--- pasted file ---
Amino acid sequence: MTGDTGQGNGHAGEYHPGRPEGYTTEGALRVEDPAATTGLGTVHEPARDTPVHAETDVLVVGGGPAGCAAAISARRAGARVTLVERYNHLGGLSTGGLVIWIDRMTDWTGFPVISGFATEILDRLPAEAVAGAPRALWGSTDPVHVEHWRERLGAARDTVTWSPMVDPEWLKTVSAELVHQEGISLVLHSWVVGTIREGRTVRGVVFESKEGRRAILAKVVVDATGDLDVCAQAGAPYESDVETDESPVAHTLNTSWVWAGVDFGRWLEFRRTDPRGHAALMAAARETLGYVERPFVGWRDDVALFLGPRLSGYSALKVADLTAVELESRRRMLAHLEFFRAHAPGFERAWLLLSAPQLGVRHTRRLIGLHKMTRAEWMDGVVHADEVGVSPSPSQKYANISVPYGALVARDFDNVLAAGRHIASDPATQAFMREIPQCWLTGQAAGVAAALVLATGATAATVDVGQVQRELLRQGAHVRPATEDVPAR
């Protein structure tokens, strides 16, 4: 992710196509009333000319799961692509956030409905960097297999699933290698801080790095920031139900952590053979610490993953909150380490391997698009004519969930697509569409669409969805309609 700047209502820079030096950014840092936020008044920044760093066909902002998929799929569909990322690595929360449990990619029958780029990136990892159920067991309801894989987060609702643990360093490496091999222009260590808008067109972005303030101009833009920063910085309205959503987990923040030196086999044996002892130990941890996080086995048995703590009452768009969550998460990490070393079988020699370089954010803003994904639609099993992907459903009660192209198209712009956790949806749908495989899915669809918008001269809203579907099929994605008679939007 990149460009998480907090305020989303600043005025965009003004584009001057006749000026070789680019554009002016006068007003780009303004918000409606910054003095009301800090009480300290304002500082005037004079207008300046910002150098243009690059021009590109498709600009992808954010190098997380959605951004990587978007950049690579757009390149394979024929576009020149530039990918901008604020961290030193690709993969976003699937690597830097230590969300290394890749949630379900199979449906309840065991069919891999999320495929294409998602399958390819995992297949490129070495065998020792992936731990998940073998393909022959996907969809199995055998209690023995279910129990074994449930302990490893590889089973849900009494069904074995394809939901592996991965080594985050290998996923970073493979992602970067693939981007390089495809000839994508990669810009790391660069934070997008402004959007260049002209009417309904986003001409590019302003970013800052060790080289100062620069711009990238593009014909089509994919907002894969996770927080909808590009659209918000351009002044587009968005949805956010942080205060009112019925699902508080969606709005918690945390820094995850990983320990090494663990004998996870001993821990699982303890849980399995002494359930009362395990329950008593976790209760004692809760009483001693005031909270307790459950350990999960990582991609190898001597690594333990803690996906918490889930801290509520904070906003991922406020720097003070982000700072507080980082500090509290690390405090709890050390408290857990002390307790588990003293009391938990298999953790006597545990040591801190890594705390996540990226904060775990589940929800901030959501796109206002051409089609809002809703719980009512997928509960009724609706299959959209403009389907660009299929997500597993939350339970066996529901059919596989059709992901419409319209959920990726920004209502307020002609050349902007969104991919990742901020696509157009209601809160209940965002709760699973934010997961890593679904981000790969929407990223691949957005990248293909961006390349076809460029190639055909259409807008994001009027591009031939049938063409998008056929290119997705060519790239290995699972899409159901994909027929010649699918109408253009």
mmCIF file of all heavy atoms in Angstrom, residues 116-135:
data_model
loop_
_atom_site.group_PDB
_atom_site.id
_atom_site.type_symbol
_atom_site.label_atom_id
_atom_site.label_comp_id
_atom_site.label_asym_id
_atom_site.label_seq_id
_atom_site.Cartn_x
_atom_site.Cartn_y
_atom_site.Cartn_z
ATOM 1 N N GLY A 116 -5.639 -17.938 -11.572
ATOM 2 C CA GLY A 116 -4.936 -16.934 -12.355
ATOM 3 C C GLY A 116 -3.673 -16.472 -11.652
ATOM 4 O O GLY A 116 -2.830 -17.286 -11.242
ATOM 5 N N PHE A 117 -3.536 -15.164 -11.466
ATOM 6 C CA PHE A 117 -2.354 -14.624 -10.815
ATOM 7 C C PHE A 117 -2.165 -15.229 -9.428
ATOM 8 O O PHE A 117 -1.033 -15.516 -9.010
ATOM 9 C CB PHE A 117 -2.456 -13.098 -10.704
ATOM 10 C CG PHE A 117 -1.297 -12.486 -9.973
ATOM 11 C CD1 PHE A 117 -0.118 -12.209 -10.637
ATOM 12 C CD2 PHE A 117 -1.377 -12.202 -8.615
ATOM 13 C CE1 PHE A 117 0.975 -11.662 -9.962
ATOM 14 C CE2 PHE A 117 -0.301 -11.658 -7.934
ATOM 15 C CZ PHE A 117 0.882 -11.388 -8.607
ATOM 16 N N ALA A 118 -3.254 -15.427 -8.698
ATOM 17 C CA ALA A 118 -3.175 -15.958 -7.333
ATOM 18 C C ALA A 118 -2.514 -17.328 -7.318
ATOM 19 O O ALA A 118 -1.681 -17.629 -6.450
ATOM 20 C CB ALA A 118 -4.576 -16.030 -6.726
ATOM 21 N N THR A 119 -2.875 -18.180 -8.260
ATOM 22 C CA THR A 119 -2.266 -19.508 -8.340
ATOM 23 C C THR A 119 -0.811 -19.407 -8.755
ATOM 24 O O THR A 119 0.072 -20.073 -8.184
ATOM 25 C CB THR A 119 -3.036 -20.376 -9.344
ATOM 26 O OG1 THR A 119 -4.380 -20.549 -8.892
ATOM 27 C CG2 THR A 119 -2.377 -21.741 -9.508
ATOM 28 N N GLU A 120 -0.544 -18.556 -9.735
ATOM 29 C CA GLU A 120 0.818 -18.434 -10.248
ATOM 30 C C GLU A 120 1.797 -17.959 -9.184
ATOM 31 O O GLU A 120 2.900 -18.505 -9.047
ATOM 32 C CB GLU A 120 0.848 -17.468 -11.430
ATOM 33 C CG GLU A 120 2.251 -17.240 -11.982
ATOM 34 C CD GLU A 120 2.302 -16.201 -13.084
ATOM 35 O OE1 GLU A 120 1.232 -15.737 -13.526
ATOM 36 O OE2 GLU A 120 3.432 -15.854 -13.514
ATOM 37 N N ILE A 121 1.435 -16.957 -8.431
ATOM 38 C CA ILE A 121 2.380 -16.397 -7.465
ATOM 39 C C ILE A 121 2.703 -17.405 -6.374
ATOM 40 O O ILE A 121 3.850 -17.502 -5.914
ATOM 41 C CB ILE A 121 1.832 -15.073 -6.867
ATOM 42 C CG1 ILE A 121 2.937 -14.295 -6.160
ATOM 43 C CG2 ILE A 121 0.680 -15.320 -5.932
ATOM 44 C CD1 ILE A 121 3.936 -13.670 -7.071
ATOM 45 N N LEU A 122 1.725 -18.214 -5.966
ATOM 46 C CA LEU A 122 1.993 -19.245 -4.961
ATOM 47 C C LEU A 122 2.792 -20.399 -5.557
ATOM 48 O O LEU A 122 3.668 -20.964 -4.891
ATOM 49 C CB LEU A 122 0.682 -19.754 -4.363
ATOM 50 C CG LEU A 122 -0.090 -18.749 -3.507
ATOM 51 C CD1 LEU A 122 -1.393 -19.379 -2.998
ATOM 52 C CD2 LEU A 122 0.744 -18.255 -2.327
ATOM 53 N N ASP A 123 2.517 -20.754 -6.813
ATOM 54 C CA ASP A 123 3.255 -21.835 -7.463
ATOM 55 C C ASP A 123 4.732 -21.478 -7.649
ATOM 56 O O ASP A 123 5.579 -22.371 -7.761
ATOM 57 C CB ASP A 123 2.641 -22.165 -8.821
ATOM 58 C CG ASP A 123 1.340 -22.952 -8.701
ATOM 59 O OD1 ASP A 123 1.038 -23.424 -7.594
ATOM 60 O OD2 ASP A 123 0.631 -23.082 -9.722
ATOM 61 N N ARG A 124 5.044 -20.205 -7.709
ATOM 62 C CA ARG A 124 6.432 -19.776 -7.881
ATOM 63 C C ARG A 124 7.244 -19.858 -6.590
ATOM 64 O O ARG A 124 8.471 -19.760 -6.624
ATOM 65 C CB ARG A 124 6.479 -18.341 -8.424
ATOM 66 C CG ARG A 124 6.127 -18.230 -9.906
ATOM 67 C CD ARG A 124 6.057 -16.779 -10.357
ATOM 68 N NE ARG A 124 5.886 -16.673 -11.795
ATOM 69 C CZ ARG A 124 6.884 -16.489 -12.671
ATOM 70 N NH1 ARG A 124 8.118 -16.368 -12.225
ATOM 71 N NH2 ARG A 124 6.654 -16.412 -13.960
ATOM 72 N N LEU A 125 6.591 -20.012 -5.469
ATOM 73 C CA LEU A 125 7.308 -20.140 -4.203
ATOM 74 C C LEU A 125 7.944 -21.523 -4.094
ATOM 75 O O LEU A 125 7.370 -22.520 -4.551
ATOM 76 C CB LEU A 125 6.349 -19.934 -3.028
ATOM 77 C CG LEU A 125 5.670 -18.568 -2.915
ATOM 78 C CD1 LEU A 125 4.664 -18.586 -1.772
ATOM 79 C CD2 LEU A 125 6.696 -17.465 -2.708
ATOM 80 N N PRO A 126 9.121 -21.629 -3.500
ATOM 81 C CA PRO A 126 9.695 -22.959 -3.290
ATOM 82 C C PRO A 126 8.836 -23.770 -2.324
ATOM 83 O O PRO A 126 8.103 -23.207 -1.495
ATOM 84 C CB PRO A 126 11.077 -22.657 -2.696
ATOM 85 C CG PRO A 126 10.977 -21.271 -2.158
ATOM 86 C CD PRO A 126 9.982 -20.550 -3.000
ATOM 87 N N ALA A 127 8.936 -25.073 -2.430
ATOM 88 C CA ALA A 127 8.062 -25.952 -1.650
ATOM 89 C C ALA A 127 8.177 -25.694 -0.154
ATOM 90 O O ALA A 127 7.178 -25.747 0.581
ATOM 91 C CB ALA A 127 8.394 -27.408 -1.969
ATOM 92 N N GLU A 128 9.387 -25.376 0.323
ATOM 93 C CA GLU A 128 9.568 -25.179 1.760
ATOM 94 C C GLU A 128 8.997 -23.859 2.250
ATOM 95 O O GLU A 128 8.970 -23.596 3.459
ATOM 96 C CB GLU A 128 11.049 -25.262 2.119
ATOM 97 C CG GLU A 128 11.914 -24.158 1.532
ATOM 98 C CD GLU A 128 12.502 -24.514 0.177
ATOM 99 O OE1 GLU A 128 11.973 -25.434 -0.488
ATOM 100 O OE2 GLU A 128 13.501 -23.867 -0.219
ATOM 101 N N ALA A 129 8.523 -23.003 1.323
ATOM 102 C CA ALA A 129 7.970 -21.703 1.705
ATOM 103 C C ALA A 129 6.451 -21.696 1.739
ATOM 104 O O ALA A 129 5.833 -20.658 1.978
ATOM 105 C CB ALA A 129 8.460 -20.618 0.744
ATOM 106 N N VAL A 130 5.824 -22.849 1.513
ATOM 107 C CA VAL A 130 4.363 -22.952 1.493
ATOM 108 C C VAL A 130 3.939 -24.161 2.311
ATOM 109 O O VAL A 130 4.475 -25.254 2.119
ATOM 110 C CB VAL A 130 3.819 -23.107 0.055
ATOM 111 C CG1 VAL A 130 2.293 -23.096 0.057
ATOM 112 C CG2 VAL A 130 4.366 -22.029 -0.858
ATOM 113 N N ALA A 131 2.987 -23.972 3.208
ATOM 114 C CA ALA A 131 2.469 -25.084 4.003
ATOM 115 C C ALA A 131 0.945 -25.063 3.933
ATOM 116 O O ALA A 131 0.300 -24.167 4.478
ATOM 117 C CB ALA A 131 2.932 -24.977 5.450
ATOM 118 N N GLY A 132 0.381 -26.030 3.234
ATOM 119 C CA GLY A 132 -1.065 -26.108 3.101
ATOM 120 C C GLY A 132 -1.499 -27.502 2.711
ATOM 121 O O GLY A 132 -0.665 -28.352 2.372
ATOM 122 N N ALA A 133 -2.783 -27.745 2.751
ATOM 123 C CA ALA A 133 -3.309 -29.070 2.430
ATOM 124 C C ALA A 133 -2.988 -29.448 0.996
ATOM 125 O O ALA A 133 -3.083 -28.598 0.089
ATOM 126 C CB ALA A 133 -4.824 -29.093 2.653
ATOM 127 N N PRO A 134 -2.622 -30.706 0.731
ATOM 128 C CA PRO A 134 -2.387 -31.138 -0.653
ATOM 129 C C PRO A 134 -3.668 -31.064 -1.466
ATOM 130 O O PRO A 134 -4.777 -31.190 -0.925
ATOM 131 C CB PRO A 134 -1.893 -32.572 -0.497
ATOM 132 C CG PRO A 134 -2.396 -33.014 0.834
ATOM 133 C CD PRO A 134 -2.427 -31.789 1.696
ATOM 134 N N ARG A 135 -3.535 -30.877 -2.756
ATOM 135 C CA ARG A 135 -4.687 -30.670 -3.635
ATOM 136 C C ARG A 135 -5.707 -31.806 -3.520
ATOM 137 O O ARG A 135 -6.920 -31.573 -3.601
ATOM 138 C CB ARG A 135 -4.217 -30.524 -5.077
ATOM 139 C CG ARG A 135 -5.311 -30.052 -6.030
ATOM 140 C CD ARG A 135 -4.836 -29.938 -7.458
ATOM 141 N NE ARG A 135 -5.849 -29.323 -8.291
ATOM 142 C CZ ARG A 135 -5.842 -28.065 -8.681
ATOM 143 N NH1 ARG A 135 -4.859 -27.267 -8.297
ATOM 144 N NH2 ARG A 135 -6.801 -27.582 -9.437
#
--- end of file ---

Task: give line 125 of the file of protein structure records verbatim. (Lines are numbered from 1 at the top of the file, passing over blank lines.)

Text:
ATOM 110 C CB VAL A 130 3.819 -23.107 0.055